As for "voluntary" unemployment, much of this would disappear as demand and activity increases, and overqualified workers move up out of low-skill jobs into the expanding demand for higher skills, leaving more openings for low-skilled unemployed to fill, and removing the depressing effect of high unemployment levels on low-skill wages. Wages for low-skill but necessary jobs would tend to increase, raising them sufficiently above the safety-net level to mitigate the adverse incentives of the welfare state. Higher wages would raise the prices of low-skill products, increasing the measured "productivity" of such jobs and diminishing the stigma attached to them as "low-productivity" or "dead-end" jobs. Prices of high-skill products may fall to offset this, possibly as a result of technological advance or economies of scale, but if not there may be a small one-shot increase in the cost of living. This would still be a small price to pay for the benefits of full employment. It should not be assumed that this is the beginning of an inflationary spiral.

To be sure, there are horror stories of individuals who quite rationally decline employment because of the combined impact of the resulting reductions in various means-tested welfare benefits, increases in taxes and social security contributions, and travel, child care, and other costs associated with employment. To a considerable extent this is the result of designing a variety of welfare and income-dependent programs independently of each other without regard to interactions and combined effects. As each means-tested program is set up separately, the benefits tend to be phased out or capped in ways designed to keep the direct costs attributed to the particular program or measure down. These phase-outs and caps may seem quite reasonable when considered separately, but when several of them happen to overlap the combined results create absurdly high effective marginal "tax" rates. Slower phase-outs are called for, even if this increases the budgeted cost of the programs.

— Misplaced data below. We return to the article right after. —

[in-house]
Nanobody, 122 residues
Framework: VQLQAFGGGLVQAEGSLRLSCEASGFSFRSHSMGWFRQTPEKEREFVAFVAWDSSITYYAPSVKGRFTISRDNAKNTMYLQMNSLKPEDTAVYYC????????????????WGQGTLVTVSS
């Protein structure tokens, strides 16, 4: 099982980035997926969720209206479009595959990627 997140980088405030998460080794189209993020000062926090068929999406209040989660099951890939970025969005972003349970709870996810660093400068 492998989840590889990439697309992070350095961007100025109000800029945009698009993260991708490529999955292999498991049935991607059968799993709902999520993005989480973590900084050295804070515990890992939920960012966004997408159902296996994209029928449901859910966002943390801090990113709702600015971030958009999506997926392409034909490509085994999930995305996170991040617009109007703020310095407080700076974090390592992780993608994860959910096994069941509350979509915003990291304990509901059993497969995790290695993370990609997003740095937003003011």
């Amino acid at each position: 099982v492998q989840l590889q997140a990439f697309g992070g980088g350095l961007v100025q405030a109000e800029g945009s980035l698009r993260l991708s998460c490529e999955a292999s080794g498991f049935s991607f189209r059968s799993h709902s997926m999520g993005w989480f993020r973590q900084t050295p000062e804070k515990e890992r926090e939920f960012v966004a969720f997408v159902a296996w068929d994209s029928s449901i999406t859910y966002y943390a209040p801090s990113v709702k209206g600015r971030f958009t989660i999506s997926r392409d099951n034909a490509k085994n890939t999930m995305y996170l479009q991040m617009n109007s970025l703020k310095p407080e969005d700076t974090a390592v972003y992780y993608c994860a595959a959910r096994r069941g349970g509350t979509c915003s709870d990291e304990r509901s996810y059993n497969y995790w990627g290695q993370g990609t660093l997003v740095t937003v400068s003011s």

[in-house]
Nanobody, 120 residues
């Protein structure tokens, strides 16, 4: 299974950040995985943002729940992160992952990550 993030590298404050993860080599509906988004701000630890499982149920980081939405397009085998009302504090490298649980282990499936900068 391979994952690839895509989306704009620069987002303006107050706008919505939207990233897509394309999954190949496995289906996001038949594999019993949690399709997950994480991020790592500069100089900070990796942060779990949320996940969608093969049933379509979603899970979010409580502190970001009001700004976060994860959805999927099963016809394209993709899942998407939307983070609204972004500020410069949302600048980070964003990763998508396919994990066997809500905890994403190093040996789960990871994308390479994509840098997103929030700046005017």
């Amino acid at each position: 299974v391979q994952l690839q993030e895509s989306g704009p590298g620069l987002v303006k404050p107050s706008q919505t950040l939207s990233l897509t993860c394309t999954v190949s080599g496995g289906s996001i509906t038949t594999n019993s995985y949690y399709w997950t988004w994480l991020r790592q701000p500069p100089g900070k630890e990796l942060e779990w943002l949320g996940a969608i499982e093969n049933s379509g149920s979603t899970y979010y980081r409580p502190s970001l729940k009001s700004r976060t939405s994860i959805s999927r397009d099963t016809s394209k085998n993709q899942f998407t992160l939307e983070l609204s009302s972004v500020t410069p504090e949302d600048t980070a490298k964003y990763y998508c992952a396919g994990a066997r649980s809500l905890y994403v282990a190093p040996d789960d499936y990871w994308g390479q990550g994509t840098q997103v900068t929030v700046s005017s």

In many cases there is no overall justification for any phase-out. In the case of the earned income credit, for example, eliminating the phase-out and recouping the revenue by increases in marginal rates on upper income brackets would result in a smoother pattern of effective marginal rates with smaller overall disincentive effects and a considerable simplification of tax forms and reduction in compliance costs. The existing law seems to have arisen because the earned income credit was enacted as a patch on the preexisting law, subject to a taboo against raising nominal marginal rates, while the raising of effective marginal rates by the phase-out could get by. Political posturing and the arcane mechanics of the legislative process prevented a rational examination of the tax structure as a whole.

Ready availability of jobs at respectable wages would make it easier to deny benefits to those unduly finicky about the type of employment they will accept, and reduce the need for severance pay and other forms of featherbedding. Real full employment would also reduce the pressure for protectionism, resistance to the abandonment of redundant military installations and other obsolete activities, and make job security generally less of an issue. Real full employment would also encourage employers to compete in arranging work schedules and workplace arrangements to accommodate those with family obligations or other constraints, and otherwise pay more attention to improvement of working conditions. There will be less need for minimum-wage laws and other government regulation of working conditions, and less difficulty in the enforcement of those that there are.